By EDWARD HUSAR
Herald-Whig Staff Writer
• The John Wood Community College Board of Trustees named John Letts as the college's fifth president in January. Letts, who had spent nearly 24 years at the college, was named interim president after the board decided in September 2012 to buy out the contract of the previous president, Tom Klincar, and then dismissed Klincar in early October.
• Quincy University announced in February it had received its largest-ever gift from a living donor - a $1 million donation from Rich Niemann Sr. and the Niemann Foods Foundation. Niemann, the chairman of the board of Quincy-based Niemann Foods Inc., said he was making the donation to honor his wife, Connie, whom he described as the "unsung hero" of his business and personal life. The $1 million gift will be used to redevelop a section of a building on QU's north campus into the Connie Niemann Center for Music.
• Mark McDowell was named the next principal of Quincy Notre Dame High School. He was selected to replace longtime Principal Ray Heilmann, who had announced he would retire from QND at the end of June, ending a 39-year association with the school. McDowell, a 1995 graduate of QND, has been an educator since 1999 and mostly recently worked as an eighth-grade history teacher at Quincy Junior High School.
• On March 20, voters in the Quincy School District passed a $6.2 million working cash bond issue by a margin of 4,197 to 3,060, marking the first time in 43 years that local voters approved a tax issue in support of Quincy's public schools. But despite the issue's passage, the Quincy School Board on March 21 proceeded with plans to carry out a deficit-reduction plan and pulled the trigger on $1.5 million worth of budget cuts impacting 66 employees.
• Hannibal-LaGrange University's new Roland Library was dedicated in April. The new 20,000-square-foot library is twice the size of HLGU's previous library.
• The University of Missouri-St. Louis agreed to acquire WQUB (90.3 FM) from Quincy University in May. The sale was finalized several months later. At that point, St. Louis Public Radio began handling operations and programming of WQUB, now called Quincy Public Radio.
• The Quincy School Board began searching for a new superintendent to replace Lonny Lemon, who announced his resignation effective June 30. Lemon, who had been Quincy's superintendent for four years, accepted a job as superintendent at the Oak Grove 68 School District in the Chicago area. The board subsequently hired the district's former business manager, Bud Martin, to serve as interim superintendent under a 60-day contract. The board then hired Cal Lee as a second interim superintendent. Lee's 100-day contract expires in January 2013. Meanwhile, the School Board hired a search firm, School Exec Connect, to help find a new full-time superintendent.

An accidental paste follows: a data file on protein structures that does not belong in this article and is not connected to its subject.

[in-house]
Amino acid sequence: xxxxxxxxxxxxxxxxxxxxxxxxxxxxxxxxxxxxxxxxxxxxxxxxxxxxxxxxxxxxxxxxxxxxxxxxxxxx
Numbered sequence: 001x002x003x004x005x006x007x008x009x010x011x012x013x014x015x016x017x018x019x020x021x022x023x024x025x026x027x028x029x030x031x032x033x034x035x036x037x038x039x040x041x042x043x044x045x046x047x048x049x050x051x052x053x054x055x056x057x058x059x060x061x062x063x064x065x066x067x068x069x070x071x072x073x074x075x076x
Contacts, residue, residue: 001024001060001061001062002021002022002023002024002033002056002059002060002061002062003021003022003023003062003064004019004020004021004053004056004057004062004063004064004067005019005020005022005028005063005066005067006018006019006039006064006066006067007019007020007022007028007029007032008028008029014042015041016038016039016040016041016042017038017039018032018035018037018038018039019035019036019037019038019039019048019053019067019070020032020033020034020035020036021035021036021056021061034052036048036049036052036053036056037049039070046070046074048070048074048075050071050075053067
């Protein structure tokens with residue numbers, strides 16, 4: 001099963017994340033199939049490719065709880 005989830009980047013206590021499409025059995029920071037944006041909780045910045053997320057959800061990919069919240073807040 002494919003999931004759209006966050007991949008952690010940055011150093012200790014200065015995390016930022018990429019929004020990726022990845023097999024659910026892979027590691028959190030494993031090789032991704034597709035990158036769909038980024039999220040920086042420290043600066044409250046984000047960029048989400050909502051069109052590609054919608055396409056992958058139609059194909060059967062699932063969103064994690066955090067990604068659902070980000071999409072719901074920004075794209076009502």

• Culver-Stockton College launched a $10.4 million fund drive -- the college's first "comprehensive campaign" in 20 years. Major goals include the possible construction of a recreation and wellness center, renovations to the Carl Johann Memorial Library, campus beautification projects and endowment growth. The campaign will be carried out over three years with the goal of "enriching the student experience" in a way that will impact student recruitment and retention.
• The Quincy School Board in June rejected a proposal to let all students at five Quincy schools receive free breakfasts and lunches next school year, regardless of their family's income level. The proposal would have allowed the district to tap into a new option under the national school lunch program that allows entire buildings with high poverty levels to become eligible for free meals paid by the federal government. However, the proposal received no support from the five board members attending a special meeting in June, so the proposal died.